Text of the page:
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Restor Dent Endod. 2018 May;43(2):e22. English. Original Article.
Rocha Maia R , Oliveira D , D'Antonio T , Qian F , Skiff F .
Department of Operative Dentistry, College of Dentistry, University of Iowa, Iowa, IA, USA.
Department of Restorative Dentistry, Piracicaba Dental School, State University of Campinas, Piracicaba, SP, Brazil.
Division of Biostatistics and Research Design, Iowa Institute for Oral Health Research and Department of Preventive and Community Dentistry, College of Dentistry, University of Iowa, Iowa, IA, USA.
Department of Physics and Astronomy, College of Liberal Arts & Sciences, University of Iowa, Iowa, IA, USA.


To evaluate and compare light-transmittance in dental tissues and dental composite restorations using the incremental double-layer technique with varying layer thickness.

Materials and Methods

B1-colored natural teeth slabs were compared to dental restoration build-ups with A2D and B1E-colored nanofilled, supra-nanofilled, microfilled, and microhybrid composites. The enamel layer varied from 0.3, 0.5, or 1.2 mm thick, and the dentin layer was varied to provide a standardized 3.7 mm overall sample thickness (n = 10). All increments were light-cured to 16 J/cm2 with a multi-wave LED (Valo, Ultradent). Using a spectrophotometer, the samples were irradiated by an RGB laser beam. A voltmeter recorded the light output signal to calculate the light-transmittance through the specimens. The data were analyzed using 1-way analysis of variance followed by the post hoc Tukey's test (p = 0.05).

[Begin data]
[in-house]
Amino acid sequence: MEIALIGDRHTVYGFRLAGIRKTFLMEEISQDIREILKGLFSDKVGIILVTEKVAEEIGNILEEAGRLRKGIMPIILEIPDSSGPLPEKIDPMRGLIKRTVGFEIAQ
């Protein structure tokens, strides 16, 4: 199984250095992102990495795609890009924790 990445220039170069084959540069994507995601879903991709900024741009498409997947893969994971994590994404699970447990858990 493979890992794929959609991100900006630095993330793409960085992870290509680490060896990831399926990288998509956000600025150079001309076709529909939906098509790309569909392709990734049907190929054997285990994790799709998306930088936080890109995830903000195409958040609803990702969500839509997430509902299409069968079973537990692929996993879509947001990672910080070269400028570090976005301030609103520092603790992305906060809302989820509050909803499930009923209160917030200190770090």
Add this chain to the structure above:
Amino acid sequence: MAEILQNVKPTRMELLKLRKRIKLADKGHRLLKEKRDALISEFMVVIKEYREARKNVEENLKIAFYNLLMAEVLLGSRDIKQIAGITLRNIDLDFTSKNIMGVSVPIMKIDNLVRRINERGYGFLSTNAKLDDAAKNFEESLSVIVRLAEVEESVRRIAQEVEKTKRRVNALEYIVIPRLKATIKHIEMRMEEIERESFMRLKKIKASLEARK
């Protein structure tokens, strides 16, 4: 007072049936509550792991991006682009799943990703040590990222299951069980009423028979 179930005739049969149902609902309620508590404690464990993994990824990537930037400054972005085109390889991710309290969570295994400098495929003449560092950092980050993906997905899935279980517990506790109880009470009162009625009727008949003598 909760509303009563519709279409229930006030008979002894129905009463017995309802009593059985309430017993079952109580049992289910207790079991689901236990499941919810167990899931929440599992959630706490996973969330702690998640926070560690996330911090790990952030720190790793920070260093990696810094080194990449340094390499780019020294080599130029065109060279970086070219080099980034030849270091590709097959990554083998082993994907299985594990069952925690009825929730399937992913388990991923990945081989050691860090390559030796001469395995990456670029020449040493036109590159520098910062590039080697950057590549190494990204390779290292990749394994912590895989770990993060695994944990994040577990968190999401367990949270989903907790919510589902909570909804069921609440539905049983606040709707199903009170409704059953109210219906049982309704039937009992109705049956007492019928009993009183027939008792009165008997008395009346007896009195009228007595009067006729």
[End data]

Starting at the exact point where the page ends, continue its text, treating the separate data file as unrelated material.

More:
Mean light-transmittance observed at thicker final layers of enamel were significantly lower than those observed at thinner final layers. Within 1.2 mm final enamel resin layer (FERL) thickness, all composites were similar to the dental tissues, with exception of the nanofilled composite. However, within 0.5 mm FERL thickness, only the supra-nanofilled composite showed no difference from the dental tissues. Within 0.3 mm FERL thickness, none of the composites were similar to the dental tissues.


The supra-nanofilled composite had the most similar light-transmittance pattern when compared to the natural teeth. However, for other composites, thicker FERL have a greater chance to match the light-transmittance of natural dental tissues.

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